Bullies are equal opportunity tormentors. Some pick on the weak, the disabled or the different. No one is out of bounds and, sadly, no one is too young or too old.
The bullying doesn’t have to be physical; it could be the 10-year-old on the bus name-calling the 8-year-old or the kid who spits in your food at lunchtime or a group of "nice kids" who post unflattering or embarrassing pictures of you on social media.
It could be a parent, teacher or boss who is physically, verbally or emotionally abusive. If you work in the service industry, it could be the angry customer who screams at you for everything that is wrong in their life.
What they all have in common is bullying does emotional damage to your self-esteem and in the worst cases, endangers your physical health. They make your life miserable.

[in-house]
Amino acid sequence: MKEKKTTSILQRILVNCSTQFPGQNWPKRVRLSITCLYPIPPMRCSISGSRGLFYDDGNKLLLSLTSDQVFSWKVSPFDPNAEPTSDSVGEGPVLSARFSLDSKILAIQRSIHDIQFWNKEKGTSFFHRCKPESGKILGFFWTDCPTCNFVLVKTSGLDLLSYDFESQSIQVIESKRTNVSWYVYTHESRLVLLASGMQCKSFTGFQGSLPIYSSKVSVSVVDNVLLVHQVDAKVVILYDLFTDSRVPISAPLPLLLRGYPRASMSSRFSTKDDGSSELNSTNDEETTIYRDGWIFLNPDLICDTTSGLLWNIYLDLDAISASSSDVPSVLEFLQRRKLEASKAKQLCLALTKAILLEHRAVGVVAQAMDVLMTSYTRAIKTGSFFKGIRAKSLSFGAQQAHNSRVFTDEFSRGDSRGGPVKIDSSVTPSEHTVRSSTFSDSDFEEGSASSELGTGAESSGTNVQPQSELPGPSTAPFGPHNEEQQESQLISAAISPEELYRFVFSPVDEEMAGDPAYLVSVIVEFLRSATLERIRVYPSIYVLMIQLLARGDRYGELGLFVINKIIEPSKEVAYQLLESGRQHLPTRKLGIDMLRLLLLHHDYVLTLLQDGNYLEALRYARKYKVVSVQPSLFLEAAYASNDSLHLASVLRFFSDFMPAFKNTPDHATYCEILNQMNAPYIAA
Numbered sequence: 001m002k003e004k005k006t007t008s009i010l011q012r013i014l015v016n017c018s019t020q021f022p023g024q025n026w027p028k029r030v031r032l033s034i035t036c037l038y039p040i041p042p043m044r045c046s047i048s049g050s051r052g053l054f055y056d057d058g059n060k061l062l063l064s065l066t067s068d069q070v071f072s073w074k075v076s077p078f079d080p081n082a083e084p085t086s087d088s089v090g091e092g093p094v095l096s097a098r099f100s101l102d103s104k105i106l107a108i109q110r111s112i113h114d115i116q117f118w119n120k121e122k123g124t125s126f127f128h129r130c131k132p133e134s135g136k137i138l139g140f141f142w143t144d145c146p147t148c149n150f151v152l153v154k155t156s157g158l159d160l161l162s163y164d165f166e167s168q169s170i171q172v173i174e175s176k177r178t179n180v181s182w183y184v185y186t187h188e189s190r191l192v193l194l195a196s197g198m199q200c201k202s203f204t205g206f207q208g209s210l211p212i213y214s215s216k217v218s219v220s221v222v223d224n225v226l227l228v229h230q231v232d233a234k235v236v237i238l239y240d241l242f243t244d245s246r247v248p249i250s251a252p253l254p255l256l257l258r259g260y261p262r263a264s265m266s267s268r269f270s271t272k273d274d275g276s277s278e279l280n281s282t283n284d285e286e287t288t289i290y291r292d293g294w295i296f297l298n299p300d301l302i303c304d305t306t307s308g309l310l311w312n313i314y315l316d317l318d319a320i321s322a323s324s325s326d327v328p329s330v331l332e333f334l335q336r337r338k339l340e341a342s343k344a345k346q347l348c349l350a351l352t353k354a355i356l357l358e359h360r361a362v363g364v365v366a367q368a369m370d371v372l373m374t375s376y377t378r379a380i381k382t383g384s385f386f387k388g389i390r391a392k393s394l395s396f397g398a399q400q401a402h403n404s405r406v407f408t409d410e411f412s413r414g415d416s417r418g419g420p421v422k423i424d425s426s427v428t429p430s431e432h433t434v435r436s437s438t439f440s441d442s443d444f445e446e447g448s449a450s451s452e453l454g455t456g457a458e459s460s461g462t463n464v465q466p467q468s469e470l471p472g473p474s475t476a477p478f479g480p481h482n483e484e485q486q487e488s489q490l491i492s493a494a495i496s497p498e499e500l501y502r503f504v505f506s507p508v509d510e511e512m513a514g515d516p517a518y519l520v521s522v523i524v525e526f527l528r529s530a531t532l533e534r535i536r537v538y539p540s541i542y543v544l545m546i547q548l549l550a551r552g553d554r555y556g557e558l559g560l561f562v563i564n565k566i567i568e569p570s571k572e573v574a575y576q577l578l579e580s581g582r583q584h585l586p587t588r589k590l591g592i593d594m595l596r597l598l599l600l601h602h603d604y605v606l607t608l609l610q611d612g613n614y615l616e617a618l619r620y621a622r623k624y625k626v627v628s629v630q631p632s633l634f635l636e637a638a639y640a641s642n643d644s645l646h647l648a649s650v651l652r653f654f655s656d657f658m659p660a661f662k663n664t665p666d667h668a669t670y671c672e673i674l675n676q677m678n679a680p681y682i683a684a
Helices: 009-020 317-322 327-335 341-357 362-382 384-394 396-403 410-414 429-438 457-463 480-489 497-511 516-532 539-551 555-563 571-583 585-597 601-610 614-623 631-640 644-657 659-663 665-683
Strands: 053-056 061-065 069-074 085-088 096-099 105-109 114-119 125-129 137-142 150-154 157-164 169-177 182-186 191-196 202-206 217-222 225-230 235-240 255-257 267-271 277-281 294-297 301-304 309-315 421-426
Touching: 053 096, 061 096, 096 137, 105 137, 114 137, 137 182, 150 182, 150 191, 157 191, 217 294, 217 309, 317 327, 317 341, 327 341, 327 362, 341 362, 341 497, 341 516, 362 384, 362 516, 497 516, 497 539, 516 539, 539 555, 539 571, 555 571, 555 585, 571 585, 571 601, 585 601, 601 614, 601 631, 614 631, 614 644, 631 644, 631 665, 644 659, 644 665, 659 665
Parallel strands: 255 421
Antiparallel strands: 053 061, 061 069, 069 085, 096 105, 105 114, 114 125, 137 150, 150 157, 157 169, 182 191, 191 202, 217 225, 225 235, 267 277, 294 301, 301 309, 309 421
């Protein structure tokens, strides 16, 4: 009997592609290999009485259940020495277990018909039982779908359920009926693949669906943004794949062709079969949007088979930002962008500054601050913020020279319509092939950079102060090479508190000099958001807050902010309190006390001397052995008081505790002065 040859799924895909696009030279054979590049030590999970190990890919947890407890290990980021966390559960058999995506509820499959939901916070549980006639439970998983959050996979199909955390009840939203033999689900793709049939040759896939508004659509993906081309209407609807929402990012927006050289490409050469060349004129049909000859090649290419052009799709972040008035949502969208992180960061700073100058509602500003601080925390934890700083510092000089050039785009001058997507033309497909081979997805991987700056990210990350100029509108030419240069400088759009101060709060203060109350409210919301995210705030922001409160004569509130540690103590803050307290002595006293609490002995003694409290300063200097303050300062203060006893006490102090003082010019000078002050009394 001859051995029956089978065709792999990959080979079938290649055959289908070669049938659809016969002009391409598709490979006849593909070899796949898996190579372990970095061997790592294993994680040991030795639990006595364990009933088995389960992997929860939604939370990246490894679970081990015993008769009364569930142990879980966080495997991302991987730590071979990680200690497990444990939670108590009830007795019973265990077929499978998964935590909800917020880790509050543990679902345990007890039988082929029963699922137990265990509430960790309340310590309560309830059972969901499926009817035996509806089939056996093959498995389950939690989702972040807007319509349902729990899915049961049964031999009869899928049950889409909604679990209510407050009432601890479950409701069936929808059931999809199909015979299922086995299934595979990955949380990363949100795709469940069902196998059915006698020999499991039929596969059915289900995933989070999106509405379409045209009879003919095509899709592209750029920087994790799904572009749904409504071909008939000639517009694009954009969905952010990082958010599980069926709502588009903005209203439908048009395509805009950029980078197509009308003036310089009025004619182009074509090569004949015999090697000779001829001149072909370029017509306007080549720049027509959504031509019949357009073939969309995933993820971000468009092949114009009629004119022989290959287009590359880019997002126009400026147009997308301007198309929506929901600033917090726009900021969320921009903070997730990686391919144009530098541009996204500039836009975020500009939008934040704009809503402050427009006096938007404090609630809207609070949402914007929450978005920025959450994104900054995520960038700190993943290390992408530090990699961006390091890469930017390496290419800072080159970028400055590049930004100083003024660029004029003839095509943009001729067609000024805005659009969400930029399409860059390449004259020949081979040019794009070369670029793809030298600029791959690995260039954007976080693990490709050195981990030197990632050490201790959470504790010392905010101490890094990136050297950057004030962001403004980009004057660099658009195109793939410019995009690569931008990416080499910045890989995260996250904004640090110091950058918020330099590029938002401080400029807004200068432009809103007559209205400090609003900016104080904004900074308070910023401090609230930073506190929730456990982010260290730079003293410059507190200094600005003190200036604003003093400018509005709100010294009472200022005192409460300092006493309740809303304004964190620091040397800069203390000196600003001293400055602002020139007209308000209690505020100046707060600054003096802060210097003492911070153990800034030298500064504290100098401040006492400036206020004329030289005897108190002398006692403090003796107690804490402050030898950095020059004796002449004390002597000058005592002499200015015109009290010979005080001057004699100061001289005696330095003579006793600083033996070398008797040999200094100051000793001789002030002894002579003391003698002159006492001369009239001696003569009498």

You may be asking when would a bully help? How about in your story? Does your story need more tension, more obstacles or more subplots? The bully may be your answer. They could be your antagonist’s sidekick or a secondary character that delight in tormenting your main character, also known as “a toy breaker.”
In Jay Asher's powerful and thought provoking, Thirteen Reasons Why, without bullies, there'd be no story. Spoiler alert, the girl commits suicide because of the bullying.
Think about the bullies in your life, past or present. Here’s your chance to punish or confront them on paper. Go for it. No holds barred. The possibilities are endless and the catharsis —therapeutic!